On Sunday, we will celebrate Communion. Just a reminder: if you are joining us on YouTube for this communion service, please provide your own elements of bread (or a cracker) and wine (juice). For those participating in-person, the inner glasses of the tray contain white grape juice.
Lent, as we follow Jesus on his journey to Jerusalem, is a penitential season in the church year. We are supposed to take stock of our lives and to repent. Repent of what we may ask? Perhaps we are not conscious of breaking God’s law in any particular way. We are not aware of bad habits that need to be given up. Lent is often thought to be a season for practicing denial: giving up chocolate, alcohol, rich foods. But in this parable Jesus points us in a different direction. Here repentance involves a turning around, a turning to God, a transformation so that a barren life becomes a fruitful one. Something positive rather than something negative.
Tomorrow’s gospel lesson starts with people coming to Jesus with a question about God’s judgment, “when a building collapses (say, the theater in Mariupol) and some survive but others are killed, is it because they have angered God and are being punished for their sins? Hardly a common opinion in our time, but apparently not unusual in theirs. Misfortune was interpreted as God’s judgment. Don’t think like that, said Jesus. God is not out to get you for your sins.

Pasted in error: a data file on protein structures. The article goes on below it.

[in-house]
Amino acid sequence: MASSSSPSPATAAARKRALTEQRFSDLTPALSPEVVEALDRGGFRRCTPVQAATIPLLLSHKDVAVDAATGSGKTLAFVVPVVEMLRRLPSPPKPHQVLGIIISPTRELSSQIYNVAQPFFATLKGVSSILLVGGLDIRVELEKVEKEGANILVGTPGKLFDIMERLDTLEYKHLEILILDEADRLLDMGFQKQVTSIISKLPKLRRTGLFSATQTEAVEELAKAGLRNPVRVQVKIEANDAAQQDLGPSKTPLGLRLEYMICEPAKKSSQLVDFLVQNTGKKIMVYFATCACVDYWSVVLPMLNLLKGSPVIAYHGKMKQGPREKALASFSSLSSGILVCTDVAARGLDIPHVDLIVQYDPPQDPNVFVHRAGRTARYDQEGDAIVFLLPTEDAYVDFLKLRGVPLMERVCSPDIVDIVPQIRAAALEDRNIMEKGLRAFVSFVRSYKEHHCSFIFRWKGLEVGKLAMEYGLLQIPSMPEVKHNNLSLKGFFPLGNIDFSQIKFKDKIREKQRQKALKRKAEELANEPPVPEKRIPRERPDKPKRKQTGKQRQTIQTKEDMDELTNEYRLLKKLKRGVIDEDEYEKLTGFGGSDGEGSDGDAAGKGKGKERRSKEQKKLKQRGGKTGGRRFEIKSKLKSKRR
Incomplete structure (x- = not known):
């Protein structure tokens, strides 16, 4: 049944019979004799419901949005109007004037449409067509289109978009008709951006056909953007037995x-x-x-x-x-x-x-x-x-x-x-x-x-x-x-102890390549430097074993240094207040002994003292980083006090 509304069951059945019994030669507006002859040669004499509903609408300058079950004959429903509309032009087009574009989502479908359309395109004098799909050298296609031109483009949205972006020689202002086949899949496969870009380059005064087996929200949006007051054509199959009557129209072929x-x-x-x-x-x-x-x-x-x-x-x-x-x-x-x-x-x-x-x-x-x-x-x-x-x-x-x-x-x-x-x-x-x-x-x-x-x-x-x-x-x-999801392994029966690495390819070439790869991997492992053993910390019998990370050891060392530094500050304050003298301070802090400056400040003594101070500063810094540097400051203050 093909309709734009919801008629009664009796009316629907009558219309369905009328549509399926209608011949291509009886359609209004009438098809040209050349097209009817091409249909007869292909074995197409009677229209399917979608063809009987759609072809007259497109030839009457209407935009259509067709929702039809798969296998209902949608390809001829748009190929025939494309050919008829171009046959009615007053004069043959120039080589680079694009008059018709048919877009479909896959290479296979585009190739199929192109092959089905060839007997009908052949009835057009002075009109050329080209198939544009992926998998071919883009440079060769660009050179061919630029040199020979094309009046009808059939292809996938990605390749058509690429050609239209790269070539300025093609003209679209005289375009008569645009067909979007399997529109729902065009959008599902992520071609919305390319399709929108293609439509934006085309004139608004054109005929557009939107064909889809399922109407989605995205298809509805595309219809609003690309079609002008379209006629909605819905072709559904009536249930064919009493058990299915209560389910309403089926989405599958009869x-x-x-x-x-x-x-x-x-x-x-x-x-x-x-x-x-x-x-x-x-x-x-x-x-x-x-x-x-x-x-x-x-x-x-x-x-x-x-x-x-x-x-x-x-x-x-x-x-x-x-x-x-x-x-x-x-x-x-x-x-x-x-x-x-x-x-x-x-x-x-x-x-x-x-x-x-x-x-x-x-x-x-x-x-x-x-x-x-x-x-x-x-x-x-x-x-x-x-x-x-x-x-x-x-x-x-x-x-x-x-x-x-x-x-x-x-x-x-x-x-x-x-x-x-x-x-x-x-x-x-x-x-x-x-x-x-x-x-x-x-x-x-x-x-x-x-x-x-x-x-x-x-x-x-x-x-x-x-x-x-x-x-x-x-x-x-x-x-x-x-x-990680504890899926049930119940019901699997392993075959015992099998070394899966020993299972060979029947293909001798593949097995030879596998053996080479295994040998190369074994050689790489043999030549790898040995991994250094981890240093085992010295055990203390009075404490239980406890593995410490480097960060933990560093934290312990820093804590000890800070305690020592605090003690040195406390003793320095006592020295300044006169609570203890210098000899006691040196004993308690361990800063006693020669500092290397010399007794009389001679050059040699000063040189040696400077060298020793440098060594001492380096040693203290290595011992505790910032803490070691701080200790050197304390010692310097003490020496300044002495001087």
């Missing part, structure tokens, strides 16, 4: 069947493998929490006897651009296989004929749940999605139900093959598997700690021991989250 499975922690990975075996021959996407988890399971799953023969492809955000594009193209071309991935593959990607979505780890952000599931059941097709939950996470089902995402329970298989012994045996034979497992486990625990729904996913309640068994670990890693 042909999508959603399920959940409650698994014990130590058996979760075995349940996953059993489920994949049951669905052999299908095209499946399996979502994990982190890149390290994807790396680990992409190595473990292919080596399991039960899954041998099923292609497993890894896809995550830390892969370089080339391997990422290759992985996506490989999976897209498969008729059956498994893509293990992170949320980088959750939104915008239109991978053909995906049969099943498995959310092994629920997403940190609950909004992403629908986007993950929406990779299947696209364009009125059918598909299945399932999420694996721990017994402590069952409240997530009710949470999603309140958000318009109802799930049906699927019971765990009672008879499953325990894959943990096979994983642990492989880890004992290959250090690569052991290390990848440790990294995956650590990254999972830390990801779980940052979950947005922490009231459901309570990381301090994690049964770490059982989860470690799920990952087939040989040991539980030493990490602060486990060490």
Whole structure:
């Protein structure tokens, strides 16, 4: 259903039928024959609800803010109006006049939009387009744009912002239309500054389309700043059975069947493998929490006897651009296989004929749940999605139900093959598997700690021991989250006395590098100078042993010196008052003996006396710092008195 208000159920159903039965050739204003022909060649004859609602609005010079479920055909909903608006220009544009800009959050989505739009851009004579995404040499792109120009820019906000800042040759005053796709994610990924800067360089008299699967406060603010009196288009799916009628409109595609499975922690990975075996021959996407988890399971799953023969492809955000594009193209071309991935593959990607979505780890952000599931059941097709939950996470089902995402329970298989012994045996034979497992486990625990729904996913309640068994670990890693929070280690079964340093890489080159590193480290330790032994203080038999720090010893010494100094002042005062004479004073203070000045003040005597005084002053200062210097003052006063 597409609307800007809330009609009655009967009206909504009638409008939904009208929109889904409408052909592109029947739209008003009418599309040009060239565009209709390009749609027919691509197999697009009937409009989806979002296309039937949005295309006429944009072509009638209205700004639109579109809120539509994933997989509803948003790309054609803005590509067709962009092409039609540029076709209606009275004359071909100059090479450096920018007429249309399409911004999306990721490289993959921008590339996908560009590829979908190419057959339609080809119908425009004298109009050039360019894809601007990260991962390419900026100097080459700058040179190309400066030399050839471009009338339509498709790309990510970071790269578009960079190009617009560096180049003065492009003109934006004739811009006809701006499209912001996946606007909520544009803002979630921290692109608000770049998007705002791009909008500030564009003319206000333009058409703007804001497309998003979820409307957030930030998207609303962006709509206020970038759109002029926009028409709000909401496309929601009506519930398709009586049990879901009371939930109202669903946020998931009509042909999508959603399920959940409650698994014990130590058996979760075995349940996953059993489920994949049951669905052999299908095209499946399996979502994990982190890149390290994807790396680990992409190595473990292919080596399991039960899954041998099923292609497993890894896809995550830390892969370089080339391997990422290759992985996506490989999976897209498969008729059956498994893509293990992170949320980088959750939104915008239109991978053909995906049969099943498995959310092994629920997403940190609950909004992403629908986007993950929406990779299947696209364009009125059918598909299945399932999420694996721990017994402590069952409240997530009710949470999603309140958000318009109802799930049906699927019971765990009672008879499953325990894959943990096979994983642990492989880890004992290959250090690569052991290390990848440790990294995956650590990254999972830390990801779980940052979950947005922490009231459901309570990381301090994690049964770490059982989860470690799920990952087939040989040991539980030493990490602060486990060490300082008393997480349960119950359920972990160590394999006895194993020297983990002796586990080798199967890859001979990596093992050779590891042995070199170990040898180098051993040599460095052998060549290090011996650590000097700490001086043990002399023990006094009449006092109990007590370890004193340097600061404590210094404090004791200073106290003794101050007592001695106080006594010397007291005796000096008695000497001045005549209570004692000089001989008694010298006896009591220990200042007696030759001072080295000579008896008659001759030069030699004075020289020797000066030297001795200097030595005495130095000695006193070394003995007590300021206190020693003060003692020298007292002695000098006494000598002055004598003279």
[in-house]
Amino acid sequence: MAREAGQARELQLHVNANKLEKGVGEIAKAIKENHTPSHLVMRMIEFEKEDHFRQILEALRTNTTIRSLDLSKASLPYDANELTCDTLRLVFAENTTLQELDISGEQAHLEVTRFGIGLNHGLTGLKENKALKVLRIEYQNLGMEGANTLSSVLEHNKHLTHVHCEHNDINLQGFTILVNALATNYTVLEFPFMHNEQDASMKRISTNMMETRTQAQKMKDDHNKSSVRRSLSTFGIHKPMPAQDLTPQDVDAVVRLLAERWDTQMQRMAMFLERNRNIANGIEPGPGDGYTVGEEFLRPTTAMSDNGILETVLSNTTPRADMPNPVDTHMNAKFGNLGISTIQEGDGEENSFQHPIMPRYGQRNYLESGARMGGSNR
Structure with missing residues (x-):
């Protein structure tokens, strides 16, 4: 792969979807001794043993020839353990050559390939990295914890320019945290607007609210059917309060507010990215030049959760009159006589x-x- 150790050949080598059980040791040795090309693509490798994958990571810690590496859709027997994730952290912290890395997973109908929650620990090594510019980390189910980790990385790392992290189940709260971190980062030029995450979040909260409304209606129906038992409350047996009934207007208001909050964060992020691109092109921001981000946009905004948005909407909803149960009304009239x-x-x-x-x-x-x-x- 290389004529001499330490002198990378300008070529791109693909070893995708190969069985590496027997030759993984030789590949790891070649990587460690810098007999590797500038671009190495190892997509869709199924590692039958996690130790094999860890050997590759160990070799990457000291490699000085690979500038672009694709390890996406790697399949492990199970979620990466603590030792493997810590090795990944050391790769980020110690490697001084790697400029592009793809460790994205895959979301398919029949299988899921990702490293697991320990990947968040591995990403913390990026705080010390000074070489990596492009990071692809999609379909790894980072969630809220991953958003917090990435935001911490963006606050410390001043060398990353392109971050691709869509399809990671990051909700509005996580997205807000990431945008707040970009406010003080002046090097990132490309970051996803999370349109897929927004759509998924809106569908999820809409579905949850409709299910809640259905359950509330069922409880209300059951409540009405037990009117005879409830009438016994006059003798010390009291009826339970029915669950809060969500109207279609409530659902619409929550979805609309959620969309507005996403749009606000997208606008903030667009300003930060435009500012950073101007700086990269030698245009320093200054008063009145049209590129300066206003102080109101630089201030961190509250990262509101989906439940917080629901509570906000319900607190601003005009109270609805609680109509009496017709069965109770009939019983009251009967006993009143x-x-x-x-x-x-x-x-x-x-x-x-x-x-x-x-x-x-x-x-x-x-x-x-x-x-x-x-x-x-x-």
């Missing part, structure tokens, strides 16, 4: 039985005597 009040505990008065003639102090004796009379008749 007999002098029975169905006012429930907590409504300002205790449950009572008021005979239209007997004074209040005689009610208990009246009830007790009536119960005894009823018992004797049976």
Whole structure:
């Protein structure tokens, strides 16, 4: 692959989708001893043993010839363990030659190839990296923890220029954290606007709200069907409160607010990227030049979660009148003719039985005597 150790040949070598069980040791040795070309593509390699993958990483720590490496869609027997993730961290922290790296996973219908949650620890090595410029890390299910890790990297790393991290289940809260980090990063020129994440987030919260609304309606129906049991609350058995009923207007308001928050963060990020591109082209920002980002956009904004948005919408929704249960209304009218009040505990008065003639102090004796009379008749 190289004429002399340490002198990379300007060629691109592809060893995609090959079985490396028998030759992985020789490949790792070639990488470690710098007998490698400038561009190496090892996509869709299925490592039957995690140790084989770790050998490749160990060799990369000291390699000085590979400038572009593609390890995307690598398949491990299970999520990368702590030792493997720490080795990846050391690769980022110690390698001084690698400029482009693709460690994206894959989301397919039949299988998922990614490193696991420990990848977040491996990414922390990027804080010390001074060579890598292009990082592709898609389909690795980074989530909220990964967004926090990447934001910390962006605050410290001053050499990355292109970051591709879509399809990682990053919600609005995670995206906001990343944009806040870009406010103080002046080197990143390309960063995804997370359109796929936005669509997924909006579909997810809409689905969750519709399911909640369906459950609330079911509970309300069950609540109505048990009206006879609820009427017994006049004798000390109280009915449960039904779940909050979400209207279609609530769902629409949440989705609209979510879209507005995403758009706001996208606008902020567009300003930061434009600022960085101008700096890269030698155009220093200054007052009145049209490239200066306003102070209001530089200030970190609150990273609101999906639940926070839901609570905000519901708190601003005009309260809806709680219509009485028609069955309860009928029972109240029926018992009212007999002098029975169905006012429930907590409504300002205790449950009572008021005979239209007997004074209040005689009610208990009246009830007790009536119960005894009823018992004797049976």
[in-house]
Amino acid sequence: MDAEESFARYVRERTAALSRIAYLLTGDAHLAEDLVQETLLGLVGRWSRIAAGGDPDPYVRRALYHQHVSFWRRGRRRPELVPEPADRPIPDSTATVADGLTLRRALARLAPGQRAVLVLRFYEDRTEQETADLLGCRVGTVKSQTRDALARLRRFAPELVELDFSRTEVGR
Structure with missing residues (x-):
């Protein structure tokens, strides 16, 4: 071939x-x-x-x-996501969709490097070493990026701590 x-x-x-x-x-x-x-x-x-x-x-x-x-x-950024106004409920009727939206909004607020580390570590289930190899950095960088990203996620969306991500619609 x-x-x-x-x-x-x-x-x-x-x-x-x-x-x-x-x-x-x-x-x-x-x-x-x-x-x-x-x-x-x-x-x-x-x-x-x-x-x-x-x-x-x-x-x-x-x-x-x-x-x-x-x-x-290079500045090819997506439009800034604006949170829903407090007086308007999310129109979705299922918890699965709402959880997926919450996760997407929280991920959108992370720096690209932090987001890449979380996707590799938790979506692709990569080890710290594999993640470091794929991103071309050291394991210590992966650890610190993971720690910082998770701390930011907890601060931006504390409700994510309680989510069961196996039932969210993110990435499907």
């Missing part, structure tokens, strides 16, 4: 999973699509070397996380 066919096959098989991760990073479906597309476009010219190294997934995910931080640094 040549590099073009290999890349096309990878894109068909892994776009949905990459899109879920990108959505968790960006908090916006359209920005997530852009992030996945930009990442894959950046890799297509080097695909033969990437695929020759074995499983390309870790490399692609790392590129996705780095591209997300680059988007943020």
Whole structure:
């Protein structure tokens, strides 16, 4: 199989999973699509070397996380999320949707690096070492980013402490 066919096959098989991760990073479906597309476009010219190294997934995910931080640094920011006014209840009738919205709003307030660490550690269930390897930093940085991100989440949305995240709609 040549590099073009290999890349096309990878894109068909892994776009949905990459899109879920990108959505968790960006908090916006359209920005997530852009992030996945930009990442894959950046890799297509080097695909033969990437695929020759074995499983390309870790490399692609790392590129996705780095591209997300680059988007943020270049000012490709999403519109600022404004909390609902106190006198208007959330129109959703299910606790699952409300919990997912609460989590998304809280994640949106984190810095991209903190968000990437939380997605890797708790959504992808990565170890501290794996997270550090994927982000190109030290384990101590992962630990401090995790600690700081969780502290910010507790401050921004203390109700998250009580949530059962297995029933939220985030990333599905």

Then he tells them a parable about God’s judgment and repentance. A fig tree has not borne fruit for three years. The owner decides that is it time to chop down this unproductive tree to make space for one that may bear fruit. But the gardener intervenes, “Sir, let it alone for one more year, until I dig around it and put manure on it. If it bears fruit next year, well and good; but if not, you can cut it down.” God’s judgment includes mercy and a reprieve. Not forever, but time enough so that, with proper care and nurture, the tree can become fruit bearing. That, rather than punishment, is the objective.
In communion. Jesus invites us to the table to repent, to turn to God and be nourished so that we can become more fruitful disciples. The reality of God’s grace abounds. In the words of our Old Testament lesson for tomorrow: “Listen to me, listen well: Eat only the best, fill yourself with only the finest. Let the wicked abandon their way of life and the evil their way of thinking. Let them come back to God, who is merciful, come back to our God, who is lavish with forgiveness.” The good news of God’s grace is not confined to the New Testament. It is there all through the Bible from the beginning, for those who look for it.
Order of Service
PWS&D Lenten Liturgy
Hymn 665: “O Worship the Lord”
Prayer of Adoration
Prayer of Confession
Declaration of Grace
The Lord’s Prayer
Responsive reading: Psalm 63
Isaiah 55: 1-9
Anthem: “O God you are my God” (Psalm 63)
Luke 13: 1-9
Hymn: “Comme un cerf altéré brame”
Meditation: “Repentance as fruitfulness”
Hymn 524: “We come as guests invited”
Offering and Offertory
Hymn 371: “Love divine, all loves excelling.”
Go now in peace